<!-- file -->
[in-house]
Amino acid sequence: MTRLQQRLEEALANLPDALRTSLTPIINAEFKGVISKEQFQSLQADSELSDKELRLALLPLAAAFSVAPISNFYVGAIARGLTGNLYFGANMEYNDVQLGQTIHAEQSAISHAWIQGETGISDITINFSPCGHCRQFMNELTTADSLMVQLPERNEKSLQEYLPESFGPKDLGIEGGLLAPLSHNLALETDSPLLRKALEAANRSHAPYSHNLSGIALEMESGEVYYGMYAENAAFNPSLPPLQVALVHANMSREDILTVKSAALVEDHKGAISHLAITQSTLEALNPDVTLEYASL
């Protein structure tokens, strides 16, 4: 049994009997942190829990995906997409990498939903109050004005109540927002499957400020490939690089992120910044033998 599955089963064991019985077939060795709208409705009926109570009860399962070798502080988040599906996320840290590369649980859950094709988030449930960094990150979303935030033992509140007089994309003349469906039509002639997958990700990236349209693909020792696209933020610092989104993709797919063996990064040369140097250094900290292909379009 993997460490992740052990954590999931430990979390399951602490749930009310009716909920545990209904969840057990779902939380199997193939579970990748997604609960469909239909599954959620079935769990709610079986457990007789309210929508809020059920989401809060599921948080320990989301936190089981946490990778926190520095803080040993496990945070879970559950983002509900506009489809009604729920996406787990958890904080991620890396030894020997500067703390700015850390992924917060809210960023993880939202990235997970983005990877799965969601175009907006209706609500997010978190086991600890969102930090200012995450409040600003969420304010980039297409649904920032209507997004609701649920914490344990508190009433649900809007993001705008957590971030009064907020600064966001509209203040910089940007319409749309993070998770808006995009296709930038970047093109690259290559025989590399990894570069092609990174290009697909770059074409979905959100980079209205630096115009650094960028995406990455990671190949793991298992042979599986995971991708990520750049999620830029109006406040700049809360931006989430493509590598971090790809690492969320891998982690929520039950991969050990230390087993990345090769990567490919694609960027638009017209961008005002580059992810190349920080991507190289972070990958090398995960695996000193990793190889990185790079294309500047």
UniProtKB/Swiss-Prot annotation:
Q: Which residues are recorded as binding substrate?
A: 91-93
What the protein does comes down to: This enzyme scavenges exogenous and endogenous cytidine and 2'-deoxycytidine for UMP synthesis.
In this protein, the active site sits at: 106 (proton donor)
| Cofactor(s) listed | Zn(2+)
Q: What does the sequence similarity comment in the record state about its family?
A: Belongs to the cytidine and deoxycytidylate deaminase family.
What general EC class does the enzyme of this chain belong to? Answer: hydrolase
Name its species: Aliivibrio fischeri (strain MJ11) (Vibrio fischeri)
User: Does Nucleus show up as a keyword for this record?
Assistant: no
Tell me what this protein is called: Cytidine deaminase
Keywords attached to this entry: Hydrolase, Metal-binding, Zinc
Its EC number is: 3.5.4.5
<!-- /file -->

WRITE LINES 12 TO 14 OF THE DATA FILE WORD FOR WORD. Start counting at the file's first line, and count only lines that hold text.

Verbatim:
What general EC class does the enzyme of this chain belong to? Answer: hydrolase
Name its species: Aliivibrio fischeri (strain MJ11) (Vibrio fischeri)
User: Does Nucleus show up as a keyword for this record?